Lifecycle stages are a tool to indicate where your leads are in the buying journey. Did they just download a single content offer? Or have they downloaded both templates and e-books – and interact with your emails? Lifecycle stages are closely related to lead scoring and are in a way two sides of the same coin when we talk about inbound marketing.
Where are your potential customers in the buying journey? And when should you forward a lead to a salesperson or consultant?
If you already use HubSpot as a CRM, CMS and/or for marketing automation, Lifecycle stages are the obvious next focus area in your marketing efforts.
Before I delve too much into the various Lifecycle stages in HubSpot, we must of course define the term.
What are the HubSpot Lifecycle stages?
You can find the HubSpot Lifecycle stages when you look at your contacts in HubSpot. It is the core of your inbound marketing strategy, as this is where you can track how far your leads are from becoming customers.
Lifecycle stages are the different phases your leads go through on their customer journey. They are assigned to each of your contacts based on their lead score. (Possibly delve further into lead scoring).
HubSpot divides their Lifecycle stages into 8 stages, which I will elaborate on below.
HubSpot’s 8 Lifecycle stages and how to use them
By default, HubSpot has 8 Lifecycle stages that you should know.
HubSpot’s 8 Lifecycle stages are:
- Marketing Qualified Lead (MQL)
- Sales Qualified Lead (SQL)
In this example, I use lead scoring of 0-100 to define when a contact becomes a subscriber, a lead, an MQL etc.
However, the lead score may depend on the type of business and goals.
Lead score: 0-14
A Subscriber is a (often new) contact who has signed up for your newsletter, blog updates and the like. Subscriber is automatically assigned in HubSpot when a contact subscribes to some of your content. It is the first Lifecycle stage a contact achieves in HubSpot – however, many contacts skip this stage and become a lead.
Lead score: 15-29
A lead is a contact who has made a conversion action on your website. It could be someone who has downloaded a content offer by filling out a form. A lead has shown a little more interest than just a subscriber but is still far from ready to buy.
Marketing Qualified Lead (MQL)
Lead score: 30-79
An MQL is a lead that has shown some interest in your company’s content and is thus well on its way to being enriched by your good content. An MQL may well be ready to buy, so if the sales team has time to spare (as if that will ever happen), it may be relevant to look at the list of MQLs and see if there are any an ideal match for your company and your services.
Sales Qualified Lead (SQL)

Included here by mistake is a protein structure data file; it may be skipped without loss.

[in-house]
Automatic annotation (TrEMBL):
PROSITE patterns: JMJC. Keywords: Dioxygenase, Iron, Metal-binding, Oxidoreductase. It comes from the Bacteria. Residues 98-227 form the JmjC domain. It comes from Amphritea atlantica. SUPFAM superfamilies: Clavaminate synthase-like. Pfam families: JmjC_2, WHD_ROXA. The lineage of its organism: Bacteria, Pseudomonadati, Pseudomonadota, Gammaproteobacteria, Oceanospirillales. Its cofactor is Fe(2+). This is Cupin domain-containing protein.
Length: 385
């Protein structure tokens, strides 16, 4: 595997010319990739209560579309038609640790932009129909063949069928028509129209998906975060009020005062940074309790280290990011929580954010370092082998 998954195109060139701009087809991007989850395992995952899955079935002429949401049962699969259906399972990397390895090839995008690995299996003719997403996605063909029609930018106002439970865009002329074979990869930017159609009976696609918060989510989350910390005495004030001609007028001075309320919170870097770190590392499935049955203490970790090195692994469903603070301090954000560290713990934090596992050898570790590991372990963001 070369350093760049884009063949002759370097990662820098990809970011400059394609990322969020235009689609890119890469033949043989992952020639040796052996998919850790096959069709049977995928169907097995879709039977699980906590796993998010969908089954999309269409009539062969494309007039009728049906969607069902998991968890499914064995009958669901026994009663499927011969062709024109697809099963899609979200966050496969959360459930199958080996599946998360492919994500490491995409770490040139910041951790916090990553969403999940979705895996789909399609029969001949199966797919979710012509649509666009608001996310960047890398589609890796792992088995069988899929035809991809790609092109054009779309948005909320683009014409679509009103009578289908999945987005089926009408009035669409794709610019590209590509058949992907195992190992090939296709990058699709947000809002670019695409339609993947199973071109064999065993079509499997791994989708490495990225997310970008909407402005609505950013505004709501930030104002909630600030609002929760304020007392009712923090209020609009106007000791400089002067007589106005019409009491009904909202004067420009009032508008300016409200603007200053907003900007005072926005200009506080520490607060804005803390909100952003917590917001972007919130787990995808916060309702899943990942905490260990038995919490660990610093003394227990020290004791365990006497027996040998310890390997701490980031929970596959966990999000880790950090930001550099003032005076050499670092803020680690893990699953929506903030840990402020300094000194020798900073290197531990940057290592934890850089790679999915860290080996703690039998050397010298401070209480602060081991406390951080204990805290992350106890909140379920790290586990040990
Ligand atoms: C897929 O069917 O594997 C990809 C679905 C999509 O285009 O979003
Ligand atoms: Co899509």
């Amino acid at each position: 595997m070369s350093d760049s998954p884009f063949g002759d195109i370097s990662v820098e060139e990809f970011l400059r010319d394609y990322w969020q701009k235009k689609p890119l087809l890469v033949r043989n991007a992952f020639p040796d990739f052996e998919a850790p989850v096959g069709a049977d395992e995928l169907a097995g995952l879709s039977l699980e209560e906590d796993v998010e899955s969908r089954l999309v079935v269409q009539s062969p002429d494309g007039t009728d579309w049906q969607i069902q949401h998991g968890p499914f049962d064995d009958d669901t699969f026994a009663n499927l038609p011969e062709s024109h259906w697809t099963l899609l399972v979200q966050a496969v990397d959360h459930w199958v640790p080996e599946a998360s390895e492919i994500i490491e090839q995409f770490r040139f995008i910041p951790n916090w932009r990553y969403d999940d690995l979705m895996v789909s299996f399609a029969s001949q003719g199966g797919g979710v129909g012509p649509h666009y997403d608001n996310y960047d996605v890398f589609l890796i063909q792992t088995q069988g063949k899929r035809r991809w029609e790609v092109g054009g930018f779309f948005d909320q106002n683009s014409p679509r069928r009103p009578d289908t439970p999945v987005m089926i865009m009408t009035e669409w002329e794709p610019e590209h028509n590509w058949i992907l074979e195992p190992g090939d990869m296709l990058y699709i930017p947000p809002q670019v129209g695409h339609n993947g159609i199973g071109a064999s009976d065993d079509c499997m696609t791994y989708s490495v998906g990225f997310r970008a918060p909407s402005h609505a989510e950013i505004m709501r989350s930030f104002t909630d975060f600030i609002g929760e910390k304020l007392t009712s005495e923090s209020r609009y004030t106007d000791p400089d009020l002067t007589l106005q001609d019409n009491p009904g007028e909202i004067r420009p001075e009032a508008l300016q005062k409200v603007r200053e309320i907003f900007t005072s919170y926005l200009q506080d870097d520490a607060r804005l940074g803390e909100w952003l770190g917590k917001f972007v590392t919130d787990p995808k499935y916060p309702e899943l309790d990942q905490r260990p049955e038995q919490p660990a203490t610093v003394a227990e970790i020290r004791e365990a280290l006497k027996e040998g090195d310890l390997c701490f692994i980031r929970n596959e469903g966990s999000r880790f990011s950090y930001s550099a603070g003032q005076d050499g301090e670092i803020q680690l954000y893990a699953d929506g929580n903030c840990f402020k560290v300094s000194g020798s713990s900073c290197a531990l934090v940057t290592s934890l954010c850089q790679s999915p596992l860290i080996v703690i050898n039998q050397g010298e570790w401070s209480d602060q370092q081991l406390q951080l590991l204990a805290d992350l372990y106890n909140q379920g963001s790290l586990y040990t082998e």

Lead score: 80-100
Then it must be sold! SQLs are often in the consideration stage of the buying journey. According to HubSpot, an SQL is a lead that is qualified to become a customer. It is an even hotter lead than MQL but has not yet contacted your company. This is therefore where you need to start positioning your services for the lead. Give them a call or send an email in which you describe specifically what difference you can make to her and her company.
Lead score: 100+ (+action)
An opportunity is a contact that is associated with a deal (automatically gets the stage if a deal is associated with it. This is where your salespeople/consultants have started to make a concrete offer after you have reached out (or led have reached out themselves). Often, an opportunity will have a high lead score combined with an action, which could be, for example, booking a meeting, filling out a contact form or other BoFu actions.
If it goes well, you get a new customer!
Congratulations. Your lead has now become a customer!
This probably doesn’t need any further explanation.
HubSpot defines evangelists as someone who speaks for your company and helps you spread the word. At Itch, however, we do not believe that there is any reason to distinguish these from all other customers in the HubSpot setup. Instead, we use evangelists for our own employees, business partners and others who should not receive marketing emails, product updates etc.
The last category is used for those who do not fit into the other Lifecycle stages.
Lead status vs. Lifecycle stage – What’s the difference?
Lead status and Lifecycle stages are not the same. But HubSpot uses both terms to describe contacts.
Lifecycle stage is, as mentioned, the stage in the buying journey your lead is at.
Lead status is a subcategory for your SQLs (and MLQs). It is therefore the sales department that must create and update a lead’s lead status.
Lead status can be:
- In Progress
- Open Deal
- Attempted to Contact
- Bad timing
It is therefore feedback from the salesperson to himself and his colleagues about the contact’s status in the sales process.
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